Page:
Sex! Violence! Gore! What's not to like about NO ORCHIDS FOR MISS BLANDISH? Nathanael Hood finds several things.

There’s precisely one sequence in No Orchids for Miss Blandish (1948), St John Legh Clowes’ grisly gangster film adaptation of James Hadley Chase’s novel, where the stars align and everything comes perfectly together. It happens about a third of the way through the film and centers on a bone-chilling confrontation between two criminals.

The first, a gutter crook who orchestrated the kidnapping of pampered heiress Miss Blandish (Linden Travers), the second, Slim Grisson (Jack La Rue), a cold-blooded member of the Grisson gang, one of New York City’s most feared crime syndicates. After bungling the kidnapping so disastrously it devolved into a triple homicide leaving Blandish’s fiancé and two of his criminal accomplices dead on a country road, the crook spirits his victim away to a hidden cabin where he tries to rape her. But he’s found out by Slim who moves in to snatch Blandish—and her ransom—away from him.

Showing up to the cabin with a coterie of thugs, Slim sits on a table and starts rolling two black dice into a dish. The sound of the dice is deafening, maddening. Click-clack. Click-clack. CLICK-CLACK. And all the while the crook begs, yells, and pleads with Slim to have a heart and leave him with a piece of the action. Click-clack. Just one of her jewels! Click-clack. Please, anything!! CLICK-CLACK. Broken, defeated, the crook sobs a surrender and turns to leave. But at the last moment he spins, desperately pulling out a pistol. With a flash, one of Slim’s lackeys blasts him to pieces and he collapses to the ground as dead as his hare-brained buddies.

This scene is a masterwork of tension, dread, and atmosphere. Slim’s quiet, almost insouciant cruelty; the unflinching long camera shot  and expert character blocking; the uncaring click-clacking of the dice like the ticking of a clock counting down to the kidnapper’s pitiless doom. All of these blend together magnificently into magnetic movie magic.

If the entire film managed to match this moment’s brilliance, No Orchids for Miss Blandish would have been one for the ages. But the sequence is an anomaly in one of the most inexplicable, poorly conceived, and even more poorly executed genre exercises of its time. Though a British film based on a British novel made with a British cast, Clowes’ set it squarely in the seedy underbelly of New York City, forcing all his actors and actresses to adopt painfully forced and exaggerated American accents. The result is a cast where the men all sound like affected, nasally James Cagney/Richard Widmark crosses and the women like congested Katharine Hepburns. Seemingly emboldened by its gritty American setting, the film takes an almost pornographic glee in absurd, over-the-top violence. Beatings, drive-bys, assassinations; homicides, matricides, defenestrations. Gangsters are gunned down with detached boredom and innocent bystanders with sneering impunity, leaving their innocent bloodied bodies to be cradled by wailing children. More than just being violent, the film is also stunningly casual in its misogyny. There isn’t a single woman who isn’t kidnapped, threatened, slapped, beaten, raped, or murdered at some point. The central plot itself revolves around a queasy case of Stockholm’s Syndrome—Blandish naturally falls for Slim and the two embark on a doomed, star-crossed affair.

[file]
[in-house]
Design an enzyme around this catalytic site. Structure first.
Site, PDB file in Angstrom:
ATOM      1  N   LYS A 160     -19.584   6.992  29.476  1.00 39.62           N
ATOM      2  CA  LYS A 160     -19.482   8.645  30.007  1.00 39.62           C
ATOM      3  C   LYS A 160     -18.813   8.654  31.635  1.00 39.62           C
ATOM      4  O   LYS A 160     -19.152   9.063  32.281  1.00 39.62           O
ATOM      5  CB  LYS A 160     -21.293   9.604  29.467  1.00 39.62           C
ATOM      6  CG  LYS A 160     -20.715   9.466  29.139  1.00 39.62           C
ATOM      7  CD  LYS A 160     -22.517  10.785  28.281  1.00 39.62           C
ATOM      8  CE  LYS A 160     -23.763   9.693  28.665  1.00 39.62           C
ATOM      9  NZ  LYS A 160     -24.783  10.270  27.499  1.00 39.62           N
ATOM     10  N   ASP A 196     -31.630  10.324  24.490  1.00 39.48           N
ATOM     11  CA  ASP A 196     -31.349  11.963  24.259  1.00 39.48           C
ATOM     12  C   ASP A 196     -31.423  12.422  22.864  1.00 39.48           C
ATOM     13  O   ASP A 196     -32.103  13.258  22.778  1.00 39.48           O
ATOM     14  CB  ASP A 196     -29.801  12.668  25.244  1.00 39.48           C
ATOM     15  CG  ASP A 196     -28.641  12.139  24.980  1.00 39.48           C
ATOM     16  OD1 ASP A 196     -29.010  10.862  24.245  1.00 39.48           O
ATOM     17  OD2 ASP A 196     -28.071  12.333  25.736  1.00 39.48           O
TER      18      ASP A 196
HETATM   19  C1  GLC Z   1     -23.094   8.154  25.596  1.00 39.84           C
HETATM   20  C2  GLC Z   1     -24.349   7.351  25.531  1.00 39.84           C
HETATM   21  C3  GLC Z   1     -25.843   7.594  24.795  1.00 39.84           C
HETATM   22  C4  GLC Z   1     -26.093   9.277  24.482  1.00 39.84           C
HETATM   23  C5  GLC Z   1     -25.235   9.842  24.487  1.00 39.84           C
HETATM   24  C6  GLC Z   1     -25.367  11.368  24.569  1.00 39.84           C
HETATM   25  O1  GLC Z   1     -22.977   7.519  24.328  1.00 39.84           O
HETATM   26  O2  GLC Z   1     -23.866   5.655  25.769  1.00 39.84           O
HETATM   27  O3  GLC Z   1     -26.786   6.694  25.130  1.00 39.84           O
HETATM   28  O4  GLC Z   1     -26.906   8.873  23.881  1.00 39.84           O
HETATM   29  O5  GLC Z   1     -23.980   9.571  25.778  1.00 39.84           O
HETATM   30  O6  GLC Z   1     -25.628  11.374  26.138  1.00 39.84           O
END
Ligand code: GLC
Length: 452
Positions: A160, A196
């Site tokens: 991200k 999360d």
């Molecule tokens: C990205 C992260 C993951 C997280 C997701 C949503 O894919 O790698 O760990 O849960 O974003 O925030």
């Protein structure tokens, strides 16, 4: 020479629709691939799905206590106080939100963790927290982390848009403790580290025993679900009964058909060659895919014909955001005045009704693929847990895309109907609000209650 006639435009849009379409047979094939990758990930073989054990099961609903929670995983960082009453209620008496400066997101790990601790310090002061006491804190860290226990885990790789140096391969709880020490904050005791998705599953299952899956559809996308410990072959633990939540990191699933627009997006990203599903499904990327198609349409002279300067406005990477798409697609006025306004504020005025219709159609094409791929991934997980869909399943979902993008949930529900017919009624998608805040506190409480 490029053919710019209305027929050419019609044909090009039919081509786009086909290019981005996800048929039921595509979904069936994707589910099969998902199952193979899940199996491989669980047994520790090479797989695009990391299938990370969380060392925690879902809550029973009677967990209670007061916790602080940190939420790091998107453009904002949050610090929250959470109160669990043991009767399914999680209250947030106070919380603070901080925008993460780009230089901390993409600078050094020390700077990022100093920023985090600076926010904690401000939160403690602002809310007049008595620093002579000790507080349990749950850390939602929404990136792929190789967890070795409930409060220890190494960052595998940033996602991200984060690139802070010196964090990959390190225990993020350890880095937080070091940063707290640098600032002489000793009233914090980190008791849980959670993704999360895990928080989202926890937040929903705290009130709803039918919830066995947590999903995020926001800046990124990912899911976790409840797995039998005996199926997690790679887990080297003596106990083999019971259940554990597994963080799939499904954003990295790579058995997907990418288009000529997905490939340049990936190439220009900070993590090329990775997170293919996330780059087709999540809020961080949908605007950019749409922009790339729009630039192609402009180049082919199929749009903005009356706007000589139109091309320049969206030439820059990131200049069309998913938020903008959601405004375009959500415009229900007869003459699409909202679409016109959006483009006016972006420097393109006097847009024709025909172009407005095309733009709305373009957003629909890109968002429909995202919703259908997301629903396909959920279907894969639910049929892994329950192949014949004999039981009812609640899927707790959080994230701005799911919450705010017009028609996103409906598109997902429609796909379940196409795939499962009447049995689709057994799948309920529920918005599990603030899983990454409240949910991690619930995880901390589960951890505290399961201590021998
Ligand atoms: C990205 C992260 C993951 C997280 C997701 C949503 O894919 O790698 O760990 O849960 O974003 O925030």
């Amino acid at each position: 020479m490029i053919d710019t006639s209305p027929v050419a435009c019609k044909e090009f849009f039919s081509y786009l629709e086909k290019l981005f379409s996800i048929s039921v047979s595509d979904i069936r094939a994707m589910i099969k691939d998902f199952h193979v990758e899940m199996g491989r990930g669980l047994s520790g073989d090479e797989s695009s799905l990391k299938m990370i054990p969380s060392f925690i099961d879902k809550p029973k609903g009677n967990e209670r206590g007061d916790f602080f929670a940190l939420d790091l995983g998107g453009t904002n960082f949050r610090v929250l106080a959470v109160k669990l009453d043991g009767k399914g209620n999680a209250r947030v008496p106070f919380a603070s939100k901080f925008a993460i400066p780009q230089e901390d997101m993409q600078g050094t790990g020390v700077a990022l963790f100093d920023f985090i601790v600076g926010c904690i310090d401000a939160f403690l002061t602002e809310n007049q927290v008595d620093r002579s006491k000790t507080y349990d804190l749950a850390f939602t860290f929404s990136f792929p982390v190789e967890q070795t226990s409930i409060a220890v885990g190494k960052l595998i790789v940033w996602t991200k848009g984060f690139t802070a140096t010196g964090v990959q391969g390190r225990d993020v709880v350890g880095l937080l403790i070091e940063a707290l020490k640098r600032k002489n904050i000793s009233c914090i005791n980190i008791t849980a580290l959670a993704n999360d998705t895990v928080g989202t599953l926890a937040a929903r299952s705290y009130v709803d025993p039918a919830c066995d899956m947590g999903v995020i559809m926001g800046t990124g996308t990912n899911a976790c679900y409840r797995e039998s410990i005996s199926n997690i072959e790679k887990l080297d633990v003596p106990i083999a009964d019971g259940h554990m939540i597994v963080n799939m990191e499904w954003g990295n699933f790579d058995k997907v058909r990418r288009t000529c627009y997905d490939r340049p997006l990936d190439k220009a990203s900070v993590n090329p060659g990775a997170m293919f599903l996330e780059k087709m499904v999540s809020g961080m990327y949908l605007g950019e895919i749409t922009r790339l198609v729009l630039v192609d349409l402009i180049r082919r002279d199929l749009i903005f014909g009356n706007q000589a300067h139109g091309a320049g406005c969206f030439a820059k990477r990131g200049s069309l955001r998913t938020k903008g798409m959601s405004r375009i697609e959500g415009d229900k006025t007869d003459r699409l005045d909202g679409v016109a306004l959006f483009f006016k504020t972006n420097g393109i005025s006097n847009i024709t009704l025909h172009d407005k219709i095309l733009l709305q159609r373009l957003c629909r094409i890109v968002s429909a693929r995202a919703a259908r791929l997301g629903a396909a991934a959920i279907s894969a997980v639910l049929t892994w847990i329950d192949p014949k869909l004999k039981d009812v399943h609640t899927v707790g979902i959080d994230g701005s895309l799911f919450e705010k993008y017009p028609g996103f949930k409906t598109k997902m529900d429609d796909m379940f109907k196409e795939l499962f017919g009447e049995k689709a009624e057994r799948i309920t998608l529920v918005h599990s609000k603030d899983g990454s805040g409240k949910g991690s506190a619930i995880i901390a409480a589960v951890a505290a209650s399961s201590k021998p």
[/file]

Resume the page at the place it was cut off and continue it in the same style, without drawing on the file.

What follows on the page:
Upon its release, the film was immediately condemned by film censors, critics, and moral guardians, resulting in many theaters refusing to screen it. No Orchids for Miss Blandish was hardly the first gangster film to push the boundaries of onscreen violence and misogyny—the infamous grapefruit assault in William A. Wellman’s The Public Enemy (1931) and the myriad murders in Howard Hawks’ Scarface (1932) shocked and horrified audiences in their time. But unlike those films where skillful filmmaking elevated them to the status of great pop art, Clowes’ film is too incompetently made to warrant any serious critical reappraisal. The film is an unmitigated mess burdened with embarrassing over-acting and a script that careens from one poorly paced set-piece to the next. The brief moments of explosive violence are drowned in an overall miasma of tedium peppered with grating nightclub performance sequences and aggravating comedic relief at the hands of an obnoxious Italian chef. The sudden romance between Slim and Blandish isn’t just unsettling, it’s downright ridiculous in its instantaneous intensity—even sixteenth century Veronesi teenagers wouldn’t buy it.

Besides the novelty, so-bad-it’s good factor, the sole selling point for No Orchids for Miss Blandish is its beautiful cinematography. Filmed by Gerald Gibbs, the man who shot Ealing Studios classic Whisky Galore! (1949), the film is more beautiful than many of its American contemporaries. Chock full of stately pans, meticulous shot compositions, and gorgeous nighttime interiors, it looks like a big-budget prestige film rather than a down-and-dirty gangster shoot-em-up.

Those curious would do well to look to Kino Lorber’s recent Blu-ray release as part of their British noir series—though it sports only a couple of trailers as special features, the digital transfer is luscious and worthy of Gibbs’ superb work. It’s just a shame Gibbs didn’t have better material to work with.

About Nathanael Hood 131 Articles
Nathanael Hood is a 25 year old film critic currently based out of South Florida with a passion for all things cinematic. He has a Master's Degree in Film Studies from New York University - Tisch and is currently a writer for the Turkish Journal of American Studies,, and

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